It is rare that I am doing the blog entry, but since I am not cutting down trees, laying a floor or building a wall I have some time on my hands and since it is about weather it seems to be appropriate that you get the specialist’s opinion. Up until now I kept it quiet that I was a Beobachter in the Swiss army – that means I was responsible for observing the weather. Now you know – ask me before you start World War III.
It is now the very end of November and the ninth time this year that we have had un épisode cévenol, the heavy rain storms of Southern France that cause devastation, floods, up-rooted trees and landslides. In an average year these storms occur two or three times, but this year they returned again and again.
What is it? It is a short spell un épisode of torrential rain and thunder storms caused by the Cevennes mountain range cévenol that catches the moist air from the sea. As the air rises it pours most of the Mediterrenean on to the hills between Nîmes, Arlebosc, Vaison la Romaine and St.Tropez.
Joel Collado, the French Weather Guru patiently tries to explain this on the radio. According to him it happens only in the autumn, when the temperature of the Mediterrenean is still high in relation to the cold air coming from an Atlantic depression, a low pressure zone which is further South than usual. That’s why in Paris the weather is often splendid while the Rhône is breaching its banks.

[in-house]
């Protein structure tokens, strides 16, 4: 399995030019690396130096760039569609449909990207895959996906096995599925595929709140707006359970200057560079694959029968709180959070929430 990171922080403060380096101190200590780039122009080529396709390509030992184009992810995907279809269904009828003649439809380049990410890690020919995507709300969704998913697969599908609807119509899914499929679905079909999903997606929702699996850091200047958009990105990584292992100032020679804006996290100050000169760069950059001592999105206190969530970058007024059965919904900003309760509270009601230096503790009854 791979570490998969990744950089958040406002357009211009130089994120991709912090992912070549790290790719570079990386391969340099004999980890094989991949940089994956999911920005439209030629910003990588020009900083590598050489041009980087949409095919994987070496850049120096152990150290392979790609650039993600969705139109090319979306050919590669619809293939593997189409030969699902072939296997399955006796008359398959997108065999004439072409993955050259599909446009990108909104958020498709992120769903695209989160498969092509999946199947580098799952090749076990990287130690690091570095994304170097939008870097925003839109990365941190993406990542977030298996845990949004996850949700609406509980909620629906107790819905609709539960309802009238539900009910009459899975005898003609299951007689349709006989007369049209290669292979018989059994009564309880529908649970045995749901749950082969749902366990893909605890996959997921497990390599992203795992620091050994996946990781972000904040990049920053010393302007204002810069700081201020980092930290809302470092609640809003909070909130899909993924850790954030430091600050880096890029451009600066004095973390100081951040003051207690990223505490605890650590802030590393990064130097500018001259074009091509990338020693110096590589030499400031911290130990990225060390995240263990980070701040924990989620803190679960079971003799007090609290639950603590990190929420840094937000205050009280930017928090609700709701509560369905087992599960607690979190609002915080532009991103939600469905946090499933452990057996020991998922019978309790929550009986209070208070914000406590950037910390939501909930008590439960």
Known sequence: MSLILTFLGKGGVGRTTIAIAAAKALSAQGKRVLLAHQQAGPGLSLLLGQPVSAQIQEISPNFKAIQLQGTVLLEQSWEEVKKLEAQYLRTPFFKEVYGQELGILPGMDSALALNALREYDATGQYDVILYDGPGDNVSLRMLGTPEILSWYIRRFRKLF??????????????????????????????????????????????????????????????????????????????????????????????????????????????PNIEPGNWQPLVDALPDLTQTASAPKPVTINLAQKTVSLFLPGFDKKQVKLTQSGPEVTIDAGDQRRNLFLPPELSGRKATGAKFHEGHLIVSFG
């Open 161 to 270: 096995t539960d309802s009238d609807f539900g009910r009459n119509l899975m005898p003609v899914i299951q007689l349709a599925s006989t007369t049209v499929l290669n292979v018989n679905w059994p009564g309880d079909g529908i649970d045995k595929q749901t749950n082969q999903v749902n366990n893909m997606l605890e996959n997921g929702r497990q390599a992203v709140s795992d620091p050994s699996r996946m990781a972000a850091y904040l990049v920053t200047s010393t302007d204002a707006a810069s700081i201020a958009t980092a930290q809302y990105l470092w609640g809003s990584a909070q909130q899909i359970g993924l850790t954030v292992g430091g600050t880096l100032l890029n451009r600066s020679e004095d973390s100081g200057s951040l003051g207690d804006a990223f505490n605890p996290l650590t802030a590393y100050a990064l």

When asked whether this is the worst year ever, he seems to be a bit coy – just saying it is very bad. Who knows, it might have been worse in 1514!
Our concerned friends often ask whether we are OK at Les Sarziers, probably imagining floods like the ones that caused so much distress in Somerset and other areas of England last year. In fact the water never really threatens us. It is the effect of erosion that can be a danger to the roads, walls and hillsides around us.
During storm number seven three weeks ago, part of Roger’s field got dislogded and ended up on the Route Departementale as if a giant carpet had been swept from under the cows’ feet (luckily the cows were somewhere else).
The effect of these rain storms in our hills is an awesome illustration of brutal natural power. When the swollen streams finally hit the bottom of the valley and the space for all this water gets scarce, the rivers swell at an incredible speed. The difference of the water level in the Doux below us can be up to 20 feet in a few hours, as happened in the flood of 1963. And as everybody in Arlebosc will tell you, it was the day of the postman’s wedding, and that the water carrried a caravan over the Boucieu bridge. In 2003 Arlebosc was in the news when a villager was swept away after his car got stuck a few yards before the bridge. So the best thing to do is to stay indoors (not what I learned in the Swiss Army) and that’s why I am a bit short of my own pictures.